This year’s anniversary was very unique, and may not be easy to wrap your head around. It was a tribute to Alexandre Balthazar Laurent Grimod de la Reynière (1758-1838) and his dinner club and “goguette” or singing club Le société du […]
This year’s anniversary was very unique, and may not be easy to wrap your head around. It was a tribute to Alexandre Balthazar Laurent Grimod de la Reynière (1758-1838) and his dinner club and “goguette” or singing club Le société du caveau . I’ll let you read about Grimod la Reynière, but I will tell you this: he was the first food critic in France and the world! He wrote the Almanach des Gourmands or the gastronomic almanacs. He was also a grocer and one of the first people to use the business card. He also set-up a comittee to taste and critique foods. We see drawings of him in a library where there is food on the shelves instead of books. We always see him portrayed alone at a table writing, eating or pondering the food in front of him. He is portrayed as an independent thinker and taster in this way and his tools for his livelihood are the pen and the fork. Grimod de la Reynière had deformed hands, and his parents kept him out of public view. Because of his time alone, he developped his intellectual faculties, independent thinking, but also a deep desire to gather people together with him around a table and shared gastronomicexploration. I can relate to this. At one point, he had a dinner party at his parents’ house and they came home to find a pig dressed-up and eating at the table with a sign saying he was the president. His parents disinherited him after this.
Grimod de la Reynière was a trained lawyer and had been a theatre critic, but was forced to write about somehting more “neutral” which led him to gastronomy. He had a love for art. Besides eating with his club and drinking as the name “Caveau” suggests. The club was a goguette which means that they also sang together. You could find poetry and theatre during their dinners as well. His dinner club mixed food with the arts.
The second pioneer that we payed hommage to for our club’s 11 year anniversary was Samuel de Champlain and his club L’Ordre du bon temps ou The Order of Good Cheer . Samuel de Champlain started L’Ordre du bon temps to keep his men from dying of scurvy or of fatally low moral during their first winter in New France in 1606-1607. Each member took turns hunting and coordinating the catering, and they never missed out, in fact, they ate lavish meals. They also mixed food and art and had a theatre piece about de Champlain meeting Poisedon.
As a side note, I had a French professor tell me that Grimod de la Reynière was much more interesting and his club pre-dated de Champlain’s. It’s hard to see clearly when you see the world through your country’s belly button. She can’t help it… Sorry to the French people, but the Société du Caveau only started in 1729.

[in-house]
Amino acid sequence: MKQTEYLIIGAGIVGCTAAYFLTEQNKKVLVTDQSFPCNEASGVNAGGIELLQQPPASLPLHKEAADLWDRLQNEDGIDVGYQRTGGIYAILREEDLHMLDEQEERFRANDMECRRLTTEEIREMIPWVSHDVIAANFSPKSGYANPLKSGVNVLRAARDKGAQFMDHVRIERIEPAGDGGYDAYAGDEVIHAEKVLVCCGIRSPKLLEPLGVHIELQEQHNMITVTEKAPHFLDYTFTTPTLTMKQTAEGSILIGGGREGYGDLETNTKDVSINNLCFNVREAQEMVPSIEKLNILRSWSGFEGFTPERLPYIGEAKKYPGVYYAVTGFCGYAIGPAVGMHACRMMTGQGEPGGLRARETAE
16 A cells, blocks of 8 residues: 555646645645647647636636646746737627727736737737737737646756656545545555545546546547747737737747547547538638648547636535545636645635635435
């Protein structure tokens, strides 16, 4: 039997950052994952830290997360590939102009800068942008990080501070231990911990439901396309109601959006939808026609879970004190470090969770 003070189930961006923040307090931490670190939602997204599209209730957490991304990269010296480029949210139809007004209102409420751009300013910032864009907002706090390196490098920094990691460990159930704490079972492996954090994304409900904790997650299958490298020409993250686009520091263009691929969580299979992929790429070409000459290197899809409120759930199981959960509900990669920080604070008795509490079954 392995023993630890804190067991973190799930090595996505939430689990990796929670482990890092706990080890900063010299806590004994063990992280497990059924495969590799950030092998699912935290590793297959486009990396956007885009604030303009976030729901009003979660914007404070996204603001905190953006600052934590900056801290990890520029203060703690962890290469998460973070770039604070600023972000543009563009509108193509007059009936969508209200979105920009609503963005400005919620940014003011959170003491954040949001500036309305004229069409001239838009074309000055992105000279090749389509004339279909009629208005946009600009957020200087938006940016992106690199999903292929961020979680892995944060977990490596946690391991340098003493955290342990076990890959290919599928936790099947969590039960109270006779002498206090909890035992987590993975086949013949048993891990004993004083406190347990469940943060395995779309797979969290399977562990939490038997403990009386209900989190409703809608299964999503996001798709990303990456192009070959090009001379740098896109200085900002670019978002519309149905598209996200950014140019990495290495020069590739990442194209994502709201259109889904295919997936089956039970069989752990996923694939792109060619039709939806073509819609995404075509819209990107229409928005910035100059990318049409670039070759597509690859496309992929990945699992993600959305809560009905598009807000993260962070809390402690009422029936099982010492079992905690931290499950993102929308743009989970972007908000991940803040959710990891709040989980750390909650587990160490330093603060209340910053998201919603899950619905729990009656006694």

So how did all of this work into our dinner club celebration? Well, first things first, we celebrated it on February 1st, right in the throes of winter when the morale of many is at an all-time low as is their consumption of vegetables.
We are also a bit of a do-gooder club once a year and we like to spread the joy, so myself, special guest Nathalie Cooke and long-time member Judith Colombo went and sang folk songs at an old folks home for “La Journée m’enchante” which is practiced in 3 countries. It turns out that most of the dinner club isn’t that much of do-gooders, they mostly come for the food…We, however had a really nice time singing at Le Manoir de Verdun songs like “Au Chant d’allouette”, “L’hyme de l’amour” and “Somewhere over the Rainbow”. It was really nice.
We chose the food them of “French Colonies” as it gave us alot of options and we are in a former French colony! We ate a Cambodian beef salad, cretons, tarte au sucre, bahn mi, crispy vietnamese lemon duck, “poisson cru” a Tahitian ceviche in a coconut sauce, yogourt rice from Pondicherry, cajun artichokes stuffed with shrimp and a black triangle salad (sugar, rum and nutmeg in it!).
We also mixed music, dance and theatre with the meal, Nathalie helped us re-create the piece about de Champlain and Poisedon. It was amazing!
This was just what I needed to get through the lowest part of winter and experience some good cheer with my fellow goguettiers! I think De Champlain and his men would have had an even more delightful winter if there were a couple bellydancers in the mix!
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